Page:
Circumstantial Evidence - Edgar Wallace - ebook

Circumstantial Evidence ebook

Edgar Wallace



Richard Horatio Edgar Wallace (1875-1932) was an English crime writer, journalist, novelist, screenwriter, and playwright, who wrote 175 novels, 24 plays, and numerous articles in newspapers and journals. One of the most prolific writers of the twentieth century, Edgar Wallace was an immensely popular author, who created exciting thrillers spiced with tales of treacherous crooks and hard-boiled detectives. He was known for the „The Four Just Men”, the „Ringer”, and for creating the Green Archer character during his lifetime. Over 160 films have been made of his novels. This volume contains 11 short stories with surprises and twists. Courtroom drama from the master of crime and creator of King Kong!

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Colonel Chartres Dane lingered irresolutely in the broad and pleasant lobby. Other patients had lingered awhile in that agreeable vestibule. In wintry days it was a cozy place; its polished panelled walls reflecting the gleam of logs that burnt in the open fireplace. There was a shining oak settle that invited gossip, and old prints, and blue china bowls frothing over with the flowers of a belated autumn or advanced spring-tide, to charm the eye.

In summer it was cool and dark and restful. The mellow tick of the ancient clock, the fragrance of roses, the soft breeze that came through an open casement stirring the lilac curtains uneasily, these corollaries of peace and order had soothed many an unquiet mind.

Colonel Chartres Dane fingered a button of his light dust-coat and his thin patrician face was set in thought. He was a spare man of fifty-five; a man of tired eyes and nervous gesture.

Dr. Merriget peered at him through his powerful spectacles and wondered.

It was an awkward moment, for the doctor had murmured his sincere, if conventional, regrets and encouragements, and there was nothing left but to close the door on his patient.

“You have had a bad wound there, Mr. Jackson,” he said, by way of changing a very gloomy subject and filling in the interval of silence. This intervention might call to mind in a soldier some deed of his, some far field of battle where men met death with courage and fortitude. Such memories might be helpful to a man under sentence.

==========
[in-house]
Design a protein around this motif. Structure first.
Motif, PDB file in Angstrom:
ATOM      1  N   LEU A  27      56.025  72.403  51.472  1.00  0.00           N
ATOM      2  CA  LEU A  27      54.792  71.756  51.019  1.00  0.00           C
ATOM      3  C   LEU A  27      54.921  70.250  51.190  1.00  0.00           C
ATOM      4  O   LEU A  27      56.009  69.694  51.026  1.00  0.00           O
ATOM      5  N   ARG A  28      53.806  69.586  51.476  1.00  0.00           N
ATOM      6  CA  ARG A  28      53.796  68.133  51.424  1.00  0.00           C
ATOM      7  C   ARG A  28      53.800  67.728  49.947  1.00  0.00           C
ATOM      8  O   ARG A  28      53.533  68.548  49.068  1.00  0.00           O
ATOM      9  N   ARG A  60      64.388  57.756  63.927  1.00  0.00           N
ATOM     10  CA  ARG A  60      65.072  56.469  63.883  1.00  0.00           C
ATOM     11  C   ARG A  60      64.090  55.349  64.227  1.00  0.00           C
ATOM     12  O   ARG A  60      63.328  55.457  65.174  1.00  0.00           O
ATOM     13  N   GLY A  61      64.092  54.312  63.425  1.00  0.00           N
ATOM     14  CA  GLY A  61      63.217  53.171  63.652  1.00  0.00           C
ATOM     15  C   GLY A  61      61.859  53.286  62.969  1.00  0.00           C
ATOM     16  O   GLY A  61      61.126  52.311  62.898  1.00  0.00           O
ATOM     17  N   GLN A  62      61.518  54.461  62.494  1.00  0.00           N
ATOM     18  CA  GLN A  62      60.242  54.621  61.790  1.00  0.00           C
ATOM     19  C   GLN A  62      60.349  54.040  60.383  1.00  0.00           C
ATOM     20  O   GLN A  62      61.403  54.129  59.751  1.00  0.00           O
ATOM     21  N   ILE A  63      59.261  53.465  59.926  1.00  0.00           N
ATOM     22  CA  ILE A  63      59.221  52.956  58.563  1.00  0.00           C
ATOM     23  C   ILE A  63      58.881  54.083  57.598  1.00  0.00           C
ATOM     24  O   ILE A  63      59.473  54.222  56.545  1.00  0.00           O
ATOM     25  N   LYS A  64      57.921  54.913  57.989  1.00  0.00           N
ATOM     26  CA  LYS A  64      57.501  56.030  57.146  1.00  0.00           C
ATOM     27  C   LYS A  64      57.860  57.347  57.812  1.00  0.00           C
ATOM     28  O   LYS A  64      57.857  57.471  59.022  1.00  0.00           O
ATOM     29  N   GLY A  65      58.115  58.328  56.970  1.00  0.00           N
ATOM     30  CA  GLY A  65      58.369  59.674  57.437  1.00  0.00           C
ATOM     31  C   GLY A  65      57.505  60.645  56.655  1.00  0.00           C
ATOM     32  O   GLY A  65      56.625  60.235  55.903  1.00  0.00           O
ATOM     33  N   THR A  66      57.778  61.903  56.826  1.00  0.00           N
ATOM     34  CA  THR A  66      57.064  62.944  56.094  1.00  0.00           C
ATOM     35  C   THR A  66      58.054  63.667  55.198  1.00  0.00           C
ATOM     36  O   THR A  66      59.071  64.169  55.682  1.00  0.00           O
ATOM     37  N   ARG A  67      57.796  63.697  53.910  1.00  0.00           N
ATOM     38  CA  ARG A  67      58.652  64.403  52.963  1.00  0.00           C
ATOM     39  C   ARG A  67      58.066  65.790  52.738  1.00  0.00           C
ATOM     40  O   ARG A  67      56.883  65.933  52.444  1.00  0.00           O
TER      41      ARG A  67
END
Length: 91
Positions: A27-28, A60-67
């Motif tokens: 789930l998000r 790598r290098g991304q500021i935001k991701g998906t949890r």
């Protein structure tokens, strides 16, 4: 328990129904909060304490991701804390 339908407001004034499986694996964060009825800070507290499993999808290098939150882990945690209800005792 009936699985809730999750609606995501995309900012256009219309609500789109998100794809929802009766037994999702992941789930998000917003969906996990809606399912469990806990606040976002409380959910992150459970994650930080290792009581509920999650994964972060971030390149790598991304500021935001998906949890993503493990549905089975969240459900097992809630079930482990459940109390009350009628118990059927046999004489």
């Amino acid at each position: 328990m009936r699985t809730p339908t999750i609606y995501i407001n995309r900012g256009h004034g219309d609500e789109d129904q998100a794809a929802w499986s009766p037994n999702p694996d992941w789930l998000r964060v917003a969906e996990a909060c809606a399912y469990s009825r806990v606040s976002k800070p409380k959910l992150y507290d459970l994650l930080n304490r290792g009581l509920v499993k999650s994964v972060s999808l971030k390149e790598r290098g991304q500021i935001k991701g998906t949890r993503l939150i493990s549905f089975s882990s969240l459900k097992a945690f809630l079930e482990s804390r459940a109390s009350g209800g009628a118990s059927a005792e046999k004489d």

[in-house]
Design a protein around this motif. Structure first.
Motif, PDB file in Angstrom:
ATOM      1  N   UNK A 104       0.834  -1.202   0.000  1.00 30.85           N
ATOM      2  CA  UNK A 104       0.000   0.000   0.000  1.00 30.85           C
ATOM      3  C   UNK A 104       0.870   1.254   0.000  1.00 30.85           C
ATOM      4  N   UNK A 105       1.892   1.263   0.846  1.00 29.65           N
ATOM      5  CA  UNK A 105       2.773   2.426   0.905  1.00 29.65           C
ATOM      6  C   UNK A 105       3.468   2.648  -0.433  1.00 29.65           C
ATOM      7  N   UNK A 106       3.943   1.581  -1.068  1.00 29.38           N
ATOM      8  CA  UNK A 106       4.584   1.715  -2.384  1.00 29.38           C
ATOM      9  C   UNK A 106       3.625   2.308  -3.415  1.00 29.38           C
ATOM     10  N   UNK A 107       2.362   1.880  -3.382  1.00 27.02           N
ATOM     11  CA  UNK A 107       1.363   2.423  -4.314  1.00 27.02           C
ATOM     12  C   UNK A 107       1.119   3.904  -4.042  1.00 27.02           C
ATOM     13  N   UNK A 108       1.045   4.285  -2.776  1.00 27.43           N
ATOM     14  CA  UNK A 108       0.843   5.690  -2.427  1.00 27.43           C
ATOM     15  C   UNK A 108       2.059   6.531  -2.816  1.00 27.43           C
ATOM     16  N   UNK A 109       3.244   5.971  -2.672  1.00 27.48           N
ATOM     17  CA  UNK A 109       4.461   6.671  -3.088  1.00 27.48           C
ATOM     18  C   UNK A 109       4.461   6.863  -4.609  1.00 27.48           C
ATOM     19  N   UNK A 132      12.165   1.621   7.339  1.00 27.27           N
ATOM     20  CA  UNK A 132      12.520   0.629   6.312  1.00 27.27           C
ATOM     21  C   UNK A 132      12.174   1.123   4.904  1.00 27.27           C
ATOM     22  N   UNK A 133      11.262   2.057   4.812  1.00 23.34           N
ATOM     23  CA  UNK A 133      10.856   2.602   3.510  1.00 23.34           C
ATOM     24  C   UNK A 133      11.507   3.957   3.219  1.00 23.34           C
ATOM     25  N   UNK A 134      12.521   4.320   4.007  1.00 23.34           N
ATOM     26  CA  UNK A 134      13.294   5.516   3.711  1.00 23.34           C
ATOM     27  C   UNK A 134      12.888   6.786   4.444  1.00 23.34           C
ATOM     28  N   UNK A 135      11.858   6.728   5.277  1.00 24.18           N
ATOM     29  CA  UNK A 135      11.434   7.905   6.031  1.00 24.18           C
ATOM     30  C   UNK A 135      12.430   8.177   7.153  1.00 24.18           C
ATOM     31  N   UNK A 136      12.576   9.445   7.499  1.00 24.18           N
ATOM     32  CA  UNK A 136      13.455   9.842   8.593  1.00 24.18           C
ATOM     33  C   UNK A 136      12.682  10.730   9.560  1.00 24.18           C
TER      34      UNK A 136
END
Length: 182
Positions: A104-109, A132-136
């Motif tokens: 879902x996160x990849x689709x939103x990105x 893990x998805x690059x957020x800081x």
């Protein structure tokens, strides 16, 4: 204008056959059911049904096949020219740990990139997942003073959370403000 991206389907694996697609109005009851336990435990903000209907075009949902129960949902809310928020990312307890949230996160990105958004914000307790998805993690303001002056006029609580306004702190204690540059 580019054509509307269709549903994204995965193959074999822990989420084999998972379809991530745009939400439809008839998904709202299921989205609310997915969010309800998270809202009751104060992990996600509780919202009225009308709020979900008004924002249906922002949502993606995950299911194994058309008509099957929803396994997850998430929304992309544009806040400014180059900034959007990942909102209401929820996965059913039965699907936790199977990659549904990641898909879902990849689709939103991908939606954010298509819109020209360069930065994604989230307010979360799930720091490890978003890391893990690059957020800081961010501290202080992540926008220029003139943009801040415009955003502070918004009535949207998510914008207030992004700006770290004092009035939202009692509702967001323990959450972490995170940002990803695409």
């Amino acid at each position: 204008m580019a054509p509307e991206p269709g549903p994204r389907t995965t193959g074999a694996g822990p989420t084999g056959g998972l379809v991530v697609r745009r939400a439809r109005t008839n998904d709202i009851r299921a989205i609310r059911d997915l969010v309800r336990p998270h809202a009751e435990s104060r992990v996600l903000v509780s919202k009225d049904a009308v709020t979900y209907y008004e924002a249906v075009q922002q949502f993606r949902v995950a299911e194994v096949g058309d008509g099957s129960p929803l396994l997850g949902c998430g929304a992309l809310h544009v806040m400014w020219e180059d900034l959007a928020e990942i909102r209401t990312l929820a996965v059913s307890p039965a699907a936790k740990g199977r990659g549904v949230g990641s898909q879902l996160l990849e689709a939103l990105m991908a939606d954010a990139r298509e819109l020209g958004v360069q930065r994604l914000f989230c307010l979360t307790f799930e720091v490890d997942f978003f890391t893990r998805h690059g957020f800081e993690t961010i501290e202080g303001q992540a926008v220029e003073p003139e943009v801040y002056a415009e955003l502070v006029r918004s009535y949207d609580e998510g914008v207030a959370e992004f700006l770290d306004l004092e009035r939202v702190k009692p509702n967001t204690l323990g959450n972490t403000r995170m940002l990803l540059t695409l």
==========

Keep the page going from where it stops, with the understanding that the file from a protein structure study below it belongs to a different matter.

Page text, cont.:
Colonel Dane fingered the long scar on his cheek.

“Yes,” he said absently, “a child did that–my niece. Quite my own fault.”

“A child?” Dr. Merriget appeared to be shocked. He was in reality very curious.

“Yes... she was eleven... my own fault. I spoke disrespectfully of her father. It was unpardonable, for he was only recently dead. He was my brother-in-law. We were at breakfast and she threw the knife... yes....”

He ruminated on the incident and a smile quivered at the corner of his thin lips.

“She hated me. She hates me still... yes....”

He waited.

The doctor was embarrassed and came back to the object of the visit.

“I should be ever so much more comfortable in my mind if you saw a specialist, Mr.–er–Jackson. You see how difficult it is for me to give an opinion? I may be wrong. I know nothing of your history, your medical history I mean. There are so many men in town who could give you a better and more valuable opinion than I. A country practitioner like myself is rather in a backwater. One has the usual cases that come to one in a small country town, maternity cases, commonplace ailments... it is difficult to keep abreast of the extraordinary developments in medical science....”

“Do you know anything about Machonicies College?” asked the colonel unexpectedly.

“Yes, of course.” The doctor was surprised. “It is one of the best of the technical schools. Many of our best doctors and chemists take a preparatory course there. Why?”

“I merely asked. As to your specialists... I hardly think I shall bother them.”

Dr. Merriget watched the tall figure striding down the red-tiled path between the banked flowers, and was still standing on the doorstep when the whine of his visitor’s machine had gone beyond the limits of his hearing.

“H’m,” said Dr. Merriget as he returned to his study. He sat awhile thinking.

“Mr. Jackson?” he said aloud. “I wonder why the colonel calls himself ‘Mr. Jackson’?”

He had seen the colonel two years before at a garden party, and had an excellent memory for faces.

He gave the matter no further thought, having certain packing to superintend–he was on the eve of his departure for Constantinople, a holiday trip he had promised himself for years.

On the following afternoon at Machonicies Technical School, a lecture was in progress.

„... by this combustion you have secured true K.c.y.... which we will now test and compare with the laboratory quantities... a deliquescent and colorless crystal extremely soluble....”